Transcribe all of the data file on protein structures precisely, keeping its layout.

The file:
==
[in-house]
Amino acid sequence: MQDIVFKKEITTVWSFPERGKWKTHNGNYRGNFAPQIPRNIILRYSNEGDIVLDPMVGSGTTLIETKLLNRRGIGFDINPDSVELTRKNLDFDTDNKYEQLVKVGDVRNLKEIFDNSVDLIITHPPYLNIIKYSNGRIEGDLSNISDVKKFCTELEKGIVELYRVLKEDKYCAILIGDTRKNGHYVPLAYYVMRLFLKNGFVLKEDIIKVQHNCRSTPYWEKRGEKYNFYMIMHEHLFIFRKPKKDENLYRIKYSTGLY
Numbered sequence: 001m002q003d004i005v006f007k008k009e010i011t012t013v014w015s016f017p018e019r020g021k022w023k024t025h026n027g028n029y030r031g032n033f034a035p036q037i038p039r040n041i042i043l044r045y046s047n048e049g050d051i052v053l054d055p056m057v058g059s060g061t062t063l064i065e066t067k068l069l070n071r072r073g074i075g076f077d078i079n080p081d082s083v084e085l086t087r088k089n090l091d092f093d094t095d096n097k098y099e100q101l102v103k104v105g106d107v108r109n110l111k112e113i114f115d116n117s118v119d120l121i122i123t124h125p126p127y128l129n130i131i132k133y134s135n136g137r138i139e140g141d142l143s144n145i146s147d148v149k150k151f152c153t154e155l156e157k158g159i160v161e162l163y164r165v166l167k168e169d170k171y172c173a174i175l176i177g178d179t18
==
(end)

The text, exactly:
[in-house]
Amino acid sequence: MQDIVFKKEITTVWSFPERGKWKTHNGNYRGNFAPQIPRNIILRYSNEGDIVLDPMVGSGTTLIETKLLNRRGIGFDINPDSVELTRKNLDFDTDNKYEQLVKVGDVRNLKEIFDNSVDLIITHPPYLNIIKYSNGRIEGDLSNISDVKKFCTELEKGIVELYRVLKEDKYCAILIGDTRKNGHYVPLAYYVMRLFLKNGFVLKEDIIKVQHNCRSTPYWEKRGEKYNFYMIMHEHLFIFRKPKKDENLYRIKYSTGLY
Numbered sequence: 001m002q003d004i005v006f007k008k009e010i011t012t013v014w015s016f017p018e019r020g021k022w023k024t025h026n027g028n029y030r031g032n033f034a035p036q037i038p039r040n041i042i043l044r045y046s047n048e049g050d051i052v053l054d055p056m057v058g059s060g061t062t063l064i065e066t067k068l069l070n071r072r073g074i075g076f077d078i079n080p081d082s083v084e085l086t087r088k089n090l091d092f093d094t095d096n097k098y099e100q101l102v103k104v105g106d107v108r109n110l111k112e113i114f115d116n117s118v119d120l121i122i123t124h125p126p127y128l129n130i131i132k133y134s135n136g137r138i139e140g141d142l143s144n145i146s147d148v149k150k151f152c153t154e155l156e157k158g159i160v161e162l163y164r165v166l167k168e169d170k171y172c173a174i175l176i177g178d179t18